Q: It is a struggle to brush my six-year-old’s hair. It’s gotten to the point where there’s a huge knot at the back of her head. It doesn’t seem to bother her, but it’s making me crazy. What can I do?
A: Brushing tangled hair hurts — especially if someone else is doing the tugging. At age six, your daughter is not impacted by the social mores that inform us to have tangle-free hair. She has no reason to be motivated to have her hair brushed.
What to do?
Explain that having long hair is a responsibility. If she has hair long enough to tangle, then it requires regular brushing. The alternative is to get rid of this responsibility by having her hair cut to a “no-tangle” length. Many children opt for short hair (much to the chagrin of their parents!).
If she prefers to keep her hair long and it has to be brushed, ask her the best way the two of you can do that. See what she comes up with and give it a go! Here are some ideas from my own children at this age:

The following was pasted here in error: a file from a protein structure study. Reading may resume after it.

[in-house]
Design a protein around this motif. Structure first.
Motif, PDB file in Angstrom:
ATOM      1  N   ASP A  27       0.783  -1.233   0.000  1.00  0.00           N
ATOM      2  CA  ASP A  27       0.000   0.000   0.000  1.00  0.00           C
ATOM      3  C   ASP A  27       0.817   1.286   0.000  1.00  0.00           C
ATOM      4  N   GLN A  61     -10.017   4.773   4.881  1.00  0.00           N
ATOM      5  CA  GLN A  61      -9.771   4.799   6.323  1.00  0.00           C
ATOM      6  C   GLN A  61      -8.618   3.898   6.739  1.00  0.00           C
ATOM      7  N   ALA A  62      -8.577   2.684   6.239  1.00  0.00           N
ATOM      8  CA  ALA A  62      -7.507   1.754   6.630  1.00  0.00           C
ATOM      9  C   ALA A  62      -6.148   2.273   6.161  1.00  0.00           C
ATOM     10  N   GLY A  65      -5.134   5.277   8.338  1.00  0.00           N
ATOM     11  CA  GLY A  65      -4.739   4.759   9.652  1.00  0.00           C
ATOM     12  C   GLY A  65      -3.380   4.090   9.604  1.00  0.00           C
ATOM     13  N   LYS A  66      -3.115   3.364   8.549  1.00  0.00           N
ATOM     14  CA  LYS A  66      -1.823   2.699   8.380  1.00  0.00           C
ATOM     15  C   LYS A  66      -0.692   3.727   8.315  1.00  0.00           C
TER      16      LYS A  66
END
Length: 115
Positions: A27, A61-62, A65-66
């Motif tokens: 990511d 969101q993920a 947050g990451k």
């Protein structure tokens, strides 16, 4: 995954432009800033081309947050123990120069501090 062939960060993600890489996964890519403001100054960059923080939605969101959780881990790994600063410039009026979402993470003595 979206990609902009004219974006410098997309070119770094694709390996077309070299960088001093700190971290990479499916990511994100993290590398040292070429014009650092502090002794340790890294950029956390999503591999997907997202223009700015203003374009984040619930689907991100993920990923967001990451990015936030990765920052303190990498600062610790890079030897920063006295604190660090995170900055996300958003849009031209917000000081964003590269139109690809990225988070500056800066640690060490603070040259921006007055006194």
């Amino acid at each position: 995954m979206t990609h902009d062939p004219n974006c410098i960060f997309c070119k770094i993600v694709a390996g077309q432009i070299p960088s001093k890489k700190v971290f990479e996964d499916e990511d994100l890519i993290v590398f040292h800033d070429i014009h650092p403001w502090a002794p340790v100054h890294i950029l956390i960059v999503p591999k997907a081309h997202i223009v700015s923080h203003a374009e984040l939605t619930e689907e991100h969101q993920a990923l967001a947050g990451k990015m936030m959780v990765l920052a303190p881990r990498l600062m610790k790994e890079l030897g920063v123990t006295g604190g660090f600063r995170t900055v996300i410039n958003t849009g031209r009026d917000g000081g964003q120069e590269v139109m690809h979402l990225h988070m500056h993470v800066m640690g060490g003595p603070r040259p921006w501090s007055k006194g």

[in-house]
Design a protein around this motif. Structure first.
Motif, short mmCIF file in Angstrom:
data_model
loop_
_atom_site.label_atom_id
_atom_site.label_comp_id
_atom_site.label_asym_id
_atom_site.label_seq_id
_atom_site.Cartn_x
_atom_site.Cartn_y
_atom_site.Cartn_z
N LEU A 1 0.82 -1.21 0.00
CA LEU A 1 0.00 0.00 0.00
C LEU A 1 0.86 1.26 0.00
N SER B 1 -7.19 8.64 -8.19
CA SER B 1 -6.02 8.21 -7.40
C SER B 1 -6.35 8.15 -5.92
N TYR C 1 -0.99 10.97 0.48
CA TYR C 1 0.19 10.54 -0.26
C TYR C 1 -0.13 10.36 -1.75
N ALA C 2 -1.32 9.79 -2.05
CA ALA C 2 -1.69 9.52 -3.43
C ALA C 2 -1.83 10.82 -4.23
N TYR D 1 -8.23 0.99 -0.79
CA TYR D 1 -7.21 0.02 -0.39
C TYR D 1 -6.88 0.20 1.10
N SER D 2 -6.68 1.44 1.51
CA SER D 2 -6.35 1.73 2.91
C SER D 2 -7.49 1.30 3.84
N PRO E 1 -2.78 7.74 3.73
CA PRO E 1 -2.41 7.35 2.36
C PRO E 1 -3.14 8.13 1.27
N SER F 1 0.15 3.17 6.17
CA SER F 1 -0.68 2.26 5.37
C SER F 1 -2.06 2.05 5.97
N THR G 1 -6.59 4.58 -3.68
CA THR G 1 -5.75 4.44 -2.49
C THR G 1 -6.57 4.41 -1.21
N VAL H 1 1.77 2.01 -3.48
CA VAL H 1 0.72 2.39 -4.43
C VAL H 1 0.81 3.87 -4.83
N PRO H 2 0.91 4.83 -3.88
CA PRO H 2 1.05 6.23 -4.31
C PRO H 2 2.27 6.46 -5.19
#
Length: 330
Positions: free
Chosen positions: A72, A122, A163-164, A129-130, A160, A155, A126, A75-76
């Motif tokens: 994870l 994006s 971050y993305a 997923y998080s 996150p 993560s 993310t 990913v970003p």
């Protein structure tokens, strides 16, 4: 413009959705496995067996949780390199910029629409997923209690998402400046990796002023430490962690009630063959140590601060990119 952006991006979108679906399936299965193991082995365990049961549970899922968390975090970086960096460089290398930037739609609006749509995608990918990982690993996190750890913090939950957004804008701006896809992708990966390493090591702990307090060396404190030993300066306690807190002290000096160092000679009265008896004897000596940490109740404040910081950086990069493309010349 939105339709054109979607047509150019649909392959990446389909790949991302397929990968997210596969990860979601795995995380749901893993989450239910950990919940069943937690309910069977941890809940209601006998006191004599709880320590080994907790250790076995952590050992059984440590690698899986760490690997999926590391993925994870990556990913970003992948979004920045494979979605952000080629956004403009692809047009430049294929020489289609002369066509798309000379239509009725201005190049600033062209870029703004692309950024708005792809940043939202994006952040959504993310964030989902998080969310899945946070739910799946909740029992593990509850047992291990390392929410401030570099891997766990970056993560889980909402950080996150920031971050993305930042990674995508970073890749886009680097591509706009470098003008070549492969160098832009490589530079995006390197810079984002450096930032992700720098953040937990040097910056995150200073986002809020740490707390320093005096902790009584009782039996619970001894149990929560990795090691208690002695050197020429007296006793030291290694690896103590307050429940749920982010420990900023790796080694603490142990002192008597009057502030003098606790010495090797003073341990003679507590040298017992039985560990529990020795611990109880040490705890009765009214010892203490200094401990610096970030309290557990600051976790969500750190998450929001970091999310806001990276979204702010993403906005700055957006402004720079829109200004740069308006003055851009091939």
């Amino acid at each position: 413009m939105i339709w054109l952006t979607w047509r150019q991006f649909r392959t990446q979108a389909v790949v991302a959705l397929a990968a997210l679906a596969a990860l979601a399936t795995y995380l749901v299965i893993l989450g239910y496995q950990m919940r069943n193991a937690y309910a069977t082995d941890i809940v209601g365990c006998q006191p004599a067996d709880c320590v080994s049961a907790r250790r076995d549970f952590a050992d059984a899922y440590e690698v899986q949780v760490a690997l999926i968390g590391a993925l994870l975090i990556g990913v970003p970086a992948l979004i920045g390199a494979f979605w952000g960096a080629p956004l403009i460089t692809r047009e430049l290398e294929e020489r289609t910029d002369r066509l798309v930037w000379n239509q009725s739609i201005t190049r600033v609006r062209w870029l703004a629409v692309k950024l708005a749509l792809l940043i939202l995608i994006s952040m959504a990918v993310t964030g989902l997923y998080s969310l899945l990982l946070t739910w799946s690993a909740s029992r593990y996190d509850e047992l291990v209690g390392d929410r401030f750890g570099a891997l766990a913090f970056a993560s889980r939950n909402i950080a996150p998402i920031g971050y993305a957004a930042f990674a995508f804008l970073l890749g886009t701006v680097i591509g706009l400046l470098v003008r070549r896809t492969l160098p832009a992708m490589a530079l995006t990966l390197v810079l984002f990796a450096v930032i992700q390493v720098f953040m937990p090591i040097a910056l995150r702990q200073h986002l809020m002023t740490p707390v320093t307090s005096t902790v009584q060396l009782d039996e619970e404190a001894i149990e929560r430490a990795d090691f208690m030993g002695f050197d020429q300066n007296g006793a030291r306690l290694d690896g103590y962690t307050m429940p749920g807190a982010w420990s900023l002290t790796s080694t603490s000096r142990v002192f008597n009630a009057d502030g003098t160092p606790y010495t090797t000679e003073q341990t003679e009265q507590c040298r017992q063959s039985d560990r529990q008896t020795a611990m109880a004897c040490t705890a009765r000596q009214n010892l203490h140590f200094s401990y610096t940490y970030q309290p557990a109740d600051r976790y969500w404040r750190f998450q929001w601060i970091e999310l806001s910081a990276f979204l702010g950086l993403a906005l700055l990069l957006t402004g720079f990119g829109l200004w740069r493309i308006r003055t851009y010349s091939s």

• Have child watch a movie or do colouring while Mom works on the hair.
• Do a small area and then take a break before starting on a new area.
Also, the more independence she has with her hair care, the better. She’s already six, so eventually you will have to teach her how to detangle and brush her own hair so this becomes her responsibility, not yours.
Here are some basic tips to get you started on training her to brush and detangle her hair:
• Apply conditioner after shampooing.
• Use a wide-toothed comb.
• Use a spray detangler (even better if your daughter chooses it at the store).
• Ask the hairdresser for a lesson (she’ll show her how to grab little chunks of hair and, starting at the bottom, to work upward toward the crown).
Here’s hoping your Rapunzel responds well to these suggestions.
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